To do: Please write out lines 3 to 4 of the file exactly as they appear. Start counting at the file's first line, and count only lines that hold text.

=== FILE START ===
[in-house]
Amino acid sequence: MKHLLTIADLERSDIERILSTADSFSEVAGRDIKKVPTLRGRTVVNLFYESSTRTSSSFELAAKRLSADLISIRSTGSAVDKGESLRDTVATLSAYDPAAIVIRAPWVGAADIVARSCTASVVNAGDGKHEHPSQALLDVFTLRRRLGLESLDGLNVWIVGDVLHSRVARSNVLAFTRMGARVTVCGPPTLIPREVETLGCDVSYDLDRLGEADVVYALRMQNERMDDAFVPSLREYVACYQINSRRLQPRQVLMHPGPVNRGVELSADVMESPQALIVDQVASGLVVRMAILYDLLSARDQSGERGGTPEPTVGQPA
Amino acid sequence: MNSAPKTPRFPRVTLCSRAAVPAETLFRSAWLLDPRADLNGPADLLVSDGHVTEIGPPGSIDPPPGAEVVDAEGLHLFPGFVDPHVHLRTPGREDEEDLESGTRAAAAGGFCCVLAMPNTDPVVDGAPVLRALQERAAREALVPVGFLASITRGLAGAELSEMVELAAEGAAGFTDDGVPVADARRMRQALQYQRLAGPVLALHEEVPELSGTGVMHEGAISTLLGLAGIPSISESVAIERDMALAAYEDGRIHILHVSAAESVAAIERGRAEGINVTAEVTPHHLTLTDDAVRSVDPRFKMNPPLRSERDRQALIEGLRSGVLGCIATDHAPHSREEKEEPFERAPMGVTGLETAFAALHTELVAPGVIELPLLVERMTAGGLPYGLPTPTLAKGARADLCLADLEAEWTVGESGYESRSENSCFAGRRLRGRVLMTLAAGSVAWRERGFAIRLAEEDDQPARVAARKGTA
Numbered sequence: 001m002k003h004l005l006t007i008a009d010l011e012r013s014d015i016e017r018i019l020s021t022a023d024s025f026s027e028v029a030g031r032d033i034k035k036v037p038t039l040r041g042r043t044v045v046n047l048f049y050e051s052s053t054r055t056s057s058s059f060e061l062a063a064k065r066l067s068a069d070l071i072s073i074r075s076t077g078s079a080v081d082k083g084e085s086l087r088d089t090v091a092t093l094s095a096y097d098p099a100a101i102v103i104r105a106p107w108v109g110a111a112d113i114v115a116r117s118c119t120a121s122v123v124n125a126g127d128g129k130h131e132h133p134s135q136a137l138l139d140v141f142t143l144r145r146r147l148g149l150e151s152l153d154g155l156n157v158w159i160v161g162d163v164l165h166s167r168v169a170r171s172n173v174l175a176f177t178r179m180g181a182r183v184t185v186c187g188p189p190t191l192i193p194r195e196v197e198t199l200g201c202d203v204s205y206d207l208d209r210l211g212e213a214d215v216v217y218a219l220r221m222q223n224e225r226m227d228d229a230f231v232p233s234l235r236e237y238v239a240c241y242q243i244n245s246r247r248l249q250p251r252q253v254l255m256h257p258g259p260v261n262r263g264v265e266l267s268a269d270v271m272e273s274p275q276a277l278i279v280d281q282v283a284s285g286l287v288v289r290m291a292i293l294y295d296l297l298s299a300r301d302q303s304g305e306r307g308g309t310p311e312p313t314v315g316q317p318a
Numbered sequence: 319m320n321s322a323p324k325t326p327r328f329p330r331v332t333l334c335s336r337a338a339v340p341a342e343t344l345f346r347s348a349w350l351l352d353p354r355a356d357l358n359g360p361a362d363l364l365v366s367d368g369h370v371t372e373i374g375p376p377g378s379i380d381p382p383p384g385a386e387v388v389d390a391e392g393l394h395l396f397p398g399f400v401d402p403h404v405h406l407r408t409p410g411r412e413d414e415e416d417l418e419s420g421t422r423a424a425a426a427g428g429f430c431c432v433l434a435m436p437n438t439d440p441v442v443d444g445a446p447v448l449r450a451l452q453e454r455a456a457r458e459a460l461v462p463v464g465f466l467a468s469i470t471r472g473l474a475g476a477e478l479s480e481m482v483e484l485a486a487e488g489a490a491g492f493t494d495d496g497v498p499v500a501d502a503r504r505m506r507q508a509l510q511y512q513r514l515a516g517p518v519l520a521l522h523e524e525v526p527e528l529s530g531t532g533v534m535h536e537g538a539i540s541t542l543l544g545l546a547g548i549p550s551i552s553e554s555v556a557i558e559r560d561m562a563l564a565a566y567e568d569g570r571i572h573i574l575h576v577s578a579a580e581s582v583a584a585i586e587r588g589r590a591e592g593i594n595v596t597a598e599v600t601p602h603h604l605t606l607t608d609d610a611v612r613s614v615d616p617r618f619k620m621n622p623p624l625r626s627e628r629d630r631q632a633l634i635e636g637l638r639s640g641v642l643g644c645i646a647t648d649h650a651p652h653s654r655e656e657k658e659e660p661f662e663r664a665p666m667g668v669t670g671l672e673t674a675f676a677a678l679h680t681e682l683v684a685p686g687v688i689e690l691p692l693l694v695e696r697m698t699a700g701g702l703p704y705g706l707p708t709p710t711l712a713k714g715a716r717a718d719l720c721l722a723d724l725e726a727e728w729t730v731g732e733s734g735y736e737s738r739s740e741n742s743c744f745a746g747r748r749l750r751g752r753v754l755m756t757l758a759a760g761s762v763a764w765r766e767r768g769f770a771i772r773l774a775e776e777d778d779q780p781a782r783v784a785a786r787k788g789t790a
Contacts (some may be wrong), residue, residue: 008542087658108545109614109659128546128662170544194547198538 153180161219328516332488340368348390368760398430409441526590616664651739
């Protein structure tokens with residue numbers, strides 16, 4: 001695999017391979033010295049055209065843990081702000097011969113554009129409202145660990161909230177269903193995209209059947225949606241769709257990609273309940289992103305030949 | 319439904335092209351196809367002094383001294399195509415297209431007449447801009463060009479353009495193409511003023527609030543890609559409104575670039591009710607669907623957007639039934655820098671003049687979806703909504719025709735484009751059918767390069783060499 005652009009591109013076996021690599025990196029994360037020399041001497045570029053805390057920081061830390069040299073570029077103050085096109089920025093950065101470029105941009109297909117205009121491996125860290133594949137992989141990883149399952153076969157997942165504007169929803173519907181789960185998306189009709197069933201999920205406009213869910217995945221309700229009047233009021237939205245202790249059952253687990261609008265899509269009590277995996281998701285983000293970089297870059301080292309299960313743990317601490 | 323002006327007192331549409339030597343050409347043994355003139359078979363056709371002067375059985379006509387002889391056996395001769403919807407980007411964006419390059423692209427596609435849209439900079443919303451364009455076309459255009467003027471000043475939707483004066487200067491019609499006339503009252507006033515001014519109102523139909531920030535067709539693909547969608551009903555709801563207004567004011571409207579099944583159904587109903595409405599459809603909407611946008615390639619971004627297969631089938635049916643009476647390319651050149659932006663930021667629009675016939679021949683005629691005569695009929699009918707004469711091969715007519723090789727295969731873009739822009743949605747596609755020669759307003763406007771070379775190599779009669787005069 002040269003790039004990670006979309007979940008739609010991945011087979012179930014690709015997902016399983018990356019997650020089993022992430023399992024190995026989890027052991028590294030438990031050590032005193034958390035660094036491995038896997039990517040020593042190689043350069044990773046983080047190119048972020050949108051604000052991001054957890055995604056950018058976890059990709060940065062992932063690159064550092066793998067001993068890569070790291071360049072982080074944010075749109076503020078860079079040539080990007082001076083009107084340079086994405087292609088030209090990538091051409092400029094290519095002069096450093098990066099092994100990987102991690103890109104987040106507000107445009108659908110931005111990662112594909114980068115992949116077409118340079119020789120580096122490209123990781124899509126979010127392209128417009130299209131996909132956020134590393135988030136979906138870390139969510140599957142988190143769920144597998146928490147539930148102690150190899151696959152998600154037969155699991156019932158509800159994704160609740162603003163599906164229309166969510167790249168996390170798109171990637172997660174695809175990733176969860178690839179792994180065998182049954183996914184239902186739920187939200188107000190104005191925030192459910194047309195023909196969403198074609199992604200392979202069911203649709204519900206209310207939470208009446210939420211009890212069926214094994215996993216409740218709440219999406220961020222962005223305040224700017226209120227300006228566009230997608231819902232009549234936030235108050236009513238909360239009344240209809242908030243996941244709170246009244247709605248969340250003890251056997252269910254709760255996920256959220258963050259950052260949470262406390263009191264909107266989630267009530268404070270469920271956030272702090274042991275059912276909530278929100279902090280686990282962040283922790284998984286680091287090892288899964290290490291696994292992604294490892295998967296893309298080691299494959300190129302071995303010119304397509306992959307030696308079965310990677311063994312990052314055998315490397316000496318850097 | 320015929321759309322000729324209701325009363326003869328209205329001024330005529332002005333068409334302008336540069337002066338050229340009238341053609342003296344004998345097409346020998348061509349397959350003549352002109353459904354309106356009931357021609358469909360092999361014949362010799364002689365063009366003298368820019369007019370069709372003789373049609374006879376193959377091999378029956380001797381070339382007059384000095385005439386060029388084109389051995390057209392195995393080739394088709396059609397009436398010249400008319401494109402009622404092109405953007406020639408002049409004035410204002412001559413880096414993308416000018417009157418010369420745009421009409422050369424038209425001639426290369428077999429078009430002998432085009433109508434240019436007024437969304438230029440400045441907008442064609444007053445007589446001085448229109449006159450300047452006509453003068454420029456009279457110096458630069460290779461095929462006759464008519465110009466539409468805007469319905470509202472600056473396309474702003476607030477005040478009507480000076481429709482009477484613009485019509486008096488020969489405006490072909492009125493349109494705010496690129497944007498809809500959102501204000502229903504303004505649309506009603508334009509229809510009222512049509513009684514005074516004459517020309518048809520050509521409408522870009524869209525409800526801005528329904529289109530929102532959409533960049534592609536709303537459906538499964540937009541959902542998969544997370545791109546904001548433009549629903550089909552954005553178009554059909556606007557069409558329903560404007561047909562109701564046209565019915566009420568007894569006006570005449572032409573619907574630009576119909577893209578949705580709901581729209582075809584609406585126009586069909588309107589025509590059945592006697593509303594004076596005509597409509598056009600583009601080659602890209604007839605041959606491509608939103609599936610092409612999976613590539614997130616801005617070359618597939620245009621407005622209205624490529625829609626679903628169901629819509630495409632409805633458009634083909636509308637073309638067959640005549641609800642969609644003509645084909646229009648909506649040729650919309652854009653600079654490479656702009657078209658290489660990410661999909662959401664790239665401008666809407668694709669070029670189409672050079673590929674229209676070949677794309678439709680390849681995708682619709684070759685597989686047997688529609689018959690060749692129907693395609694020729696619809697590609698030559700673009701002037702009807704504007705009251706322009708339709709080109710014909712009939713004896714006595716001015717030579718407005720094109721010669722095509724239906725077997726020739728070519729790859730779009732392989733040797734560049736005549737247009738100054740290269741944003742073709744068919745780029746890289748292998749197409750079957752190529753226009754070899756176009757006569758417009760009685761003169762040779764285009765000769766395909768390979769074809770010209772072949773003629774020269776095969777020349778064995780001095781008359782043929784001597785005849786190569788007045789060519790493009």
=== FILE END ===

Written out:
Amino acid sequence: MNSAPKTPRFPRVTLCSRAAVPAETLFRSAWLLDPRADLNGPADLLVSDGHVTEIGPPGSIDPPPGAEVVDAEGLHLFPGFVDPHVHLRTPGREDEEDLESGTRAAAAGGFCCVLAMPNTDPVVDGAPVLRALQERAAREALVPVGFLASITRGLAGAELSEMVELAAEGAAGFTDDGVPVADARRMRQALQYQRLAGPVLALHEEVPELSGTGVMHEGAISTLLGLAGIPSISESVAIERDMALAAYEDGRIHILHVSAAESVAAIERGRAEGINVTAEVTPHHLTLTDDAVRSVDPRFKMNPPLRSERDRQALIEGLRSGVLGCIATDHAPHSREEKEEPFERAPMGVTGLETAFAALHTELVAPGVIELPLLVERMTAGGLPYGLPTPTLAKGARADLCLADLEAEWTVGESGYESRSENSCFAGRRLRGRVLMTLAAGSVAWRERGFAIRLAEEDDQPARVAARKGTA
Numbered sequence: 001m002k003h004l005l006t007i008a009d010l011e012r013s014d015i016e017r018i019l020s021t022a023d024s025f026s027e028v029a030g031r032d033i034k035k036v037p038t039l040r041g042r043t044v045v046n047l048f049y050e051s052s053t054r055t056s057s058s059f060e061l062a063a064k065r066l067s068a069d070l071i072s073i074r075s076t077g078s079a080v081d082k083g084e085s086l087r088d089t090v091a092t093l094s095a096y097d098p099a100a101i102v103i104r105a106p107w108v109g110a111a112d113i114v115a116r117s118c119t120a121s122v123v124n125a126g127d128g129k130h131e132h133p134s135q136a137l138l139d140v141f142t143l144r145r146r147l148g149l150e151s152l153d154g155l156n157v158w159i160v161g162d163v164l165h166s167r168v169a170r171s172n173v174l175a176f177t178r179m180g181a182r183v184t185v186c187g188p189p190t191l192i193p194r195e196v197e198t199l200g201c202d203v204s205y206d207l208d209r210l211g212e213a214d215v216v217y218a219l220r221m222q223n224e225r226m227d228d229a230f231v232p233s234l235r236e237y238v239a240c241y242q243i244n245s246r247r248l249q250p251r252q253v254l255m256h257p258g259p260v261n262r263g264v265e266l267s268a269d270v271m272e273s274p275q276a277l278i279v280d281q282v283a284s285g286l287v288v289r290m291a292i293l294y295d296l297l298s299a300r301d302q303s304g305e306r307g308g309t310p311e312p313t314v315g316q317p318a